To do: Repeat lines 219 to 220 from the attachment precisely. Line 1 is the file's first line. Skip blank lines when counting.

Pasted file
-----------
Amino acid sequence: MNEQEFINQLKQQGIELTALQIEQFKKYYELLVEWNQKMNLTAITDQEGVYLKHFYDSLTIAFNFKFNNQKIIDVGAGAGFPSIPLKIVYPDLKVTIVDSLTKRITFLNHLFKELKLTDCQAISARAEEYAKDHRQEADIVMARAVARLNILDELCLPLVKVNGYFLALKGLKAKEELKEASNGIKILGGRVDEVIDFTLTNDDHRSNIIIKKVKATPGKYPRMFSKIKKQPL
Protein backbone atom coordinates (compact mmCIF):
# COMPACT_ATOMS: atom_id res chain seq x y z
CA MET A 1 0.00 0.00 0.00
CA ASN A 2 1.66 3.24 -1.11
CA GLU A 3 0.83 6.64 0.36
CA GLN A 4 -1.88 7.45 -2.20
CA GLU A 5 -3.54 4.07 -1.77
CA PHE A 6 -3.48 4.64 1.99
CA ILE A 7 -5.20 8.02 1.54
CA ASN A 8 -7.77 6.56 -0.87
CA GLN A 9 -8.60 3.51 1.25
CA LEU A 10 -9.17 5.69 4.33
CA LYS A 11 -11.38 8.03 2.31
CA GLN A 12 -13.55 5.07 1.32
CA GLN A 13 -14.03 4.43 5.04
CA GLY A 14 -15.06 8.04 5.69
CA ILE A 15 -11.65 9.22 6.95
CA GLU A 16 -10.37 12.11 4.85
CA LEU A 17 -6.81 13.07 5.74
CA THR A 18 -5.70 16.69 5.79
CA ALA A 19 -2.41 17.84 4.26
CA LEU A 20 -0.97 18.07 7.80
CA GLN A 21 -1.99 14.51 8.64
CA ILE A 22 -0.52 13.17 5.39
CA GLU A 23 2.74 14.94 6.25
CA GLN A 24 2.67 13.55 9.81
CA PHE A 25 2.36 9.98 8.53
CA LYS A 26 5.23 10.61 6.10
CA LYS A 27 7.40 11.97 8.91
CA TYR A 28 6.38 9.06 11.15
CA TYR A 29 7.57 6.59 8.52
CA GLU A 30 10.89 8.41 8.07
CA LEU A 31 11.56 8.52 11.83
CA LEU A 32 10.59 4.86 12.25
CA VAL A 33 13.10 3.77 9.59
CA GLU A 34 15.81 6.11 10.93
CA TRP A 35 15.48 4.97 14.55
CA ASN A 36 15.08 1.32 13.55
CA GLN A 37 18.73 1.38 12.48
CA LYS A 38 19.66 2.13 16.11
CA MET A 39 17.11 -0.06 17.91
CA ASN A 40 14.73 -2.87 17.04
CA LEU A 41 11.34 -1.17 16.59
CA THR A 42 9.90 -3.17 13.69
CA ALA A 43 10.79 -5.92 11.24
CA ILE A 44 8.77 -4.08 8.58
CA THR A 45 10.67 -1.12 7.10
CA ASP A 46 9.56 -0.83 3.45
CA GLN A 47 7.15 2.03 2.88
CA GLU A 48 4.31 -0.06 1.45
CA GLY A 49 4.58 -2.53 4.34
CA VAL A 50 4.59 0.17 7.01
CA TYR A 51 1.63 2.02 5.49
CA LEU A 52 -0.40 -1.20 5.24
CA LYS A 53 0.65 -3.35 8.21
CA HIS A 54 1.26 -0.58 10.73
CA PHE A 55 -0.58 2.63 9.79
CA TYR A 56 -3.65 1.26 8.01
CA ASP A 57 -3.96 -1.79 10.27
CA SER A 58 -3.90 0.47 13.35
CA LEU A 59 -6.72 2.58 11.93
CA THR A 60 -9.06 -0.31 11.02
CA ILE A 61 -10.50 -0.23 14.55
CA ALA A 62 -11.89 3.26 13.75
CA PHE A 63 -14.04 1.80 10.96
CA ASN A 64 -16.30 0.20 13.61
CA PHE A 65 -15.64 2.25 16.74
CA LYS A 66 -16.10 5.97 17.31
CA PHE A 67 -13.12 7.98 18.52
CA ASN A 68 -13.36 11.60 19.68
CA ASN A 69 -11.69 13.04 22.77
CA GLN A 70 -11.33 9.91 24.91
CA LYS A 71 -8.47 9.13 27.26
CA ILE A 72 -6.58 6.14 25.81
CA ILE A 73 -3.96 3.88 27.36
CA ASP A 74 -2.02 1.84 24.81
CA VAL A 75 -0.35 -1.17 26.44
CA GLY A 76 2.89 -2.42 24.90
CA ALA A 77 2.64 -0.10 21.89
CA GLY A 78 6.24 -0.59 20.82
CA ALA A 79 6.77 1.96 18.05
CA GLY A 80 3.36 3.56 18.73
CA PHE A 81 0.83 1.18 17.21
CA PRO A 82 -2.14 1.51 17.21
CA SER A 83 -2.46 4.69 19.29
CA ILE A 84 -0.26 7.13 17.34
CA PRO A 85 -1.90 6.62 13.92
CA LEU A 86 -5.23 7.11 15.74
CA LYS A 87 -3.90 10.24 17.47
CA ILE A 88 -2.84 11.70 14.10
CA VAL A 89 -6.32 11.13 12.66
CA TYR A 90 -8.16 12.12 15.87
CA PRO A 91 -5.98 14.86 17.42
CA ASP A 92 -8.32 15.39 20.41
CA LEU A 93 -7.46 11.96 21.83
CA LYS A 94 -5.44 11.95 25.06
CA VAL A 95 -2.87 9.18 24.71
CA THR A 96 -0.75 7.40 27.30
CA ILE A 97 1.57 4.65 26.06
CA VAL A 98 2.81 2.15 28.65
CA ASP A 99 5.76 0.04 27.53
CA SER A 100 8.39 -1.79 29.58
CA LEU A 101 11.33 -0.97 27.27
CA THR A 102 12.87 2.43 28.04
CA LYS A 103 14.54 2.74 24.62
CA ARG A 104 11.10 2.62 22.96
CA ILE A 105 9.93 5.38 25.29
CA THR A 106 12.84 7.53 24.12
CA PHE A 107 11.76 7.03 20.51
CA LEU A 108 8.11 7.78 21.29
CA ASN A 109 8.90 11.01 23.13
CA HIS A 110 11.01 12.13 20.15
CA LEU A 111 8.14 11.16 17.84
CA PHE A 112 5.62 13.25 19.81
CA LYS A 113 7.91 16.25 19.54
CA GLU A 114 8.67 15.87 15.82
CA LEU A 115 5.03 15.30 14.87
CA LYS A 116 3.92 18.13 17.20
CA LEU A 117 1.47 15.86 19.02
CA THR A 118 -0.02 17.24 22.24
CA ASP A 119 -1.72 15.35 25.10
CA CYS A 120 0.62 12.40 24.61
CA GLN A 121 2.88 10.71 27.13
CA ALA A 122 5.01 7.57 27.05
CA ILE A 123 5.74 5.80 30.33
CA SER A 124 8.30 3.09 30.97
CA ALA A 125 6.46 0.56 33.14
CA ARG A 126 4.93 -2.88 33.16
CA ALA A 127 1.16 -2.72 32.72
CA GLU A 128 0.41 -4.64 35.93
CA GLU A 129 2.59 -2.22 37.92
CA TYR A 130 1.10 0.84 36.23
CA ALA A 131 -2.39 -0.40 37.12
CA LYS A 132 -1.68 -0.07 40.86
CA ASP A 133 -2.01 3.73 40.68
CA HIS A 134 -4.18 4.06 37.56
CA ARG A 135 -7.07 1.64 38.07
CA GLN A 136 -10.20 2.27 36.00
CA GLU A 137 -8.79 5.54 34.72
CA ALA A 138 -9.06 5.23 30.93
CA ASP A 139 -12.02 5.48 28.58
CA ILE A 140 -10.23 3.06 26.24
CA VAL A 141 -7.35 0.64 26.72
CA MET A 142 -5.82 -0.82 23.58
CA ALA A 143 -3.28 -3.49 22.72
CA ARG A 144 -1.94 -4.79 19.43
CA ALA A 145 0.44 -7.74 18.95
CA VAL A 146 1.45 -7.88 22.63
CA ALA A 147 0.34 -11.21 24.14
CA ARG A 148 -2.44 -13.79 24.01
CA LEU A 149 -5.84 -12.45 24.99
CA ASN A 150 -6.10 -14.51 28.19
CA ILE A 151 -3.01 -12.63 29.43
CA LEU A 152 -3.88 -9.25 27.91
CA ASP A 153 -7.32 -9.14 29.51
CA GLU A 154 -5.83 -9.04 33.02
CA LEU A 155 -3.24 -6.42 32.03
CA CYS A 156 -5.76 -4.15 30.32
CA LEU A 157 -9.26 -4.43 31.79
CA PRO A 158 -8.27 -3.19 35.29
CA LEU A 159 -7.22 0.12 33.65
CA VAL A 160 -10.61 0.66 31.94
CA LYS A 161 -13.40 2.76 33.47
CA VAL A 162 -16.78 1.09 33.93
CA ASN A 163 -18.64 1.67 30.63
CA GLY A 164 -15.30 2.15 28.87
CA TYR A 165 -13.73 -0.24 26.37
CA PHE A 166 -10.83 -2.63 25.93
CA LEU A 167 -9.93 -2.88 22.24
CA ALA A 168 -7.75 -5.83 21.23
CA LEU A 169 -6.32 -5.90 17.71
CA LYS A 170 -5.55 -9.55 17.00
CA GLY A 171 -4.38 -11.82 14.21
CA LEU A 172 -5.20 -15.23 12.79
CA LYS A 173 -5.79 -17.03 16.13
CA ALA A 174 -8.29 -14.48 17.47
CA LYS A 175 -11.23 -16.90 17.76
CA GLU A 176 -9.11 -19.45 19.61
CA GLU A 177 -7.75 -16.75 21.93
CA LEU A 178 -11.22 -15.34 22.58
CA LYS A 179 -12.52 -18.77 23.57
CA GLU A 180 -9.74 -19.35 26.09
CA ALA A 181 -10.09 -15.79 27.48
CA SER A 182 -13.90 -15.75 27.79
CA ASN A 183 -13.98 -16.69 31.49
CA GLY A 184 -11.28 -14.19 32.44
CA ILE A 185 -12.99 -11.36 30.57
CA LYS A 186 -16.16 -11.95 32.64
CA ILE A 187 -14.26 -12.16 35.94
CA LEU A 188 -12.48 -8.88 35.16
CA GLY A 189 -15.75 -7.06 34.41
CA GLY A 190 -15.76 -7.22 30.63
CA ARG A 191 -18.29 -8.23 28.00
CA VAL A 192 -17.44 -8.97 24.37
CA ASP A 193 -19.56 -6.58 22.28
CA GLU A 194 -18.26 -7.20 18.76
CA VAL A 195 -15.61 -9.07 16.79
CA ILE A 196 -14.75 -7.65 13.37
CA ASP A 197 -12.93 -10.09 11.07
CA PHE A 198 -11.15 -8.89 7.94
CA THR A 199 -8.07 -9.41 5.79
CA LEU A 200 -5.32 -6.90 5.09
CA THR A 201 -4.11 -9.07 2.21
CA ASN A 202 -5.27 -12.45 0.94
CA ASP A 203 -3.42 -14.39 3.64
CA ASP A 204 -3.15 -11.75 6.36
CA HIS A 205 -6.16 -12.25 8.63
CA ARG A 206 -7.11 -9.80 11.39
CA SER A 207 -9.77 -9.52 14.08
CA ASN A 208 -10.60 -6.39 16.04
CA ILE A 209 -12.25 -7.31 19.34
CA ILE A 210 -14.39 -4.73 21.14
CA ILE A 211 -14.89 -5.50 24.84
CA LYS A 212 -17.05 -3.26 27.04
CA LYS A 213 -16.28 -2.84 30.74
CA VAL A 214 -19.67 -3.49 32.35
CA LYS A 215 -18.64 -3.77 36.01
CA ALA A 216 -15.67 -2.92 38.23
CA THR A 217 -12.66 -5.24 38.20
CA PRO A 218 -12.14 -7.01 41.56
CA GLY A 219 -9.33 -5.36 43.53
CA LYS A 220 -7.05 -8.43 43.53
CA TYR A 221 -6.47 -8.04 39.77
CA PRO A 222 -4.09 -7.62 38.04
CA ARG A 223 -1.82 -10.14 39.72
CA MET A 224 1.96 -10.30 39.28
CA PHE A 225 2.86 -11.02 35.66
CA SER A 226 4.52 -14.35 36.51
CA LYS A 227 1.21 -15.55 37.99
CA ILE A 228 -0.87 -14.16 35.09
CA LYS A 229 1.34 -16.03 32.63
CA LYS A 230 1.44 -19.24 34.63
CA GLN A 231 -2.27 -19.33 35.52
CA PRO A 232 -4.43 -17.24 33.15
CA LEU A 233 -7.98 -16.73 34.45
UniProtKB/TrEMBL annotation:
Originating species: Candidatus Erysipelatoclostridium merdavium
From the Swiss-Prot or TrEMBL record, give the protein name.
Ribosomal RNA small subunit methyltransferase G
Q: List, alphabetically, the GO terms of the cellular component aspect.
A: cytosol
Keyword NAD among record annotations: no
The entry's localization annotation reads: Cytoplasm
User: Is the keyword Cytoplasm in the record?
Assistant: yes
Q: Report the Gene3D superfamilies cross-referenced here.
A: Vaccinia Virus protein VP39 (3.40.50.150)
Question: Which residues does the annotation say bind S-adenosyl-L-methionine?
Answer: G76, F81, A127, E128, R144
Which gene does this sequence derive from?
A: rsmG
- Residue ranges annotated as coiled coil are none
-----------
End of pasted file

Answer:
CA ALA A 216 -15.67 -2.92 38.23
CA THR A 217 -12.66 -5.24 38.20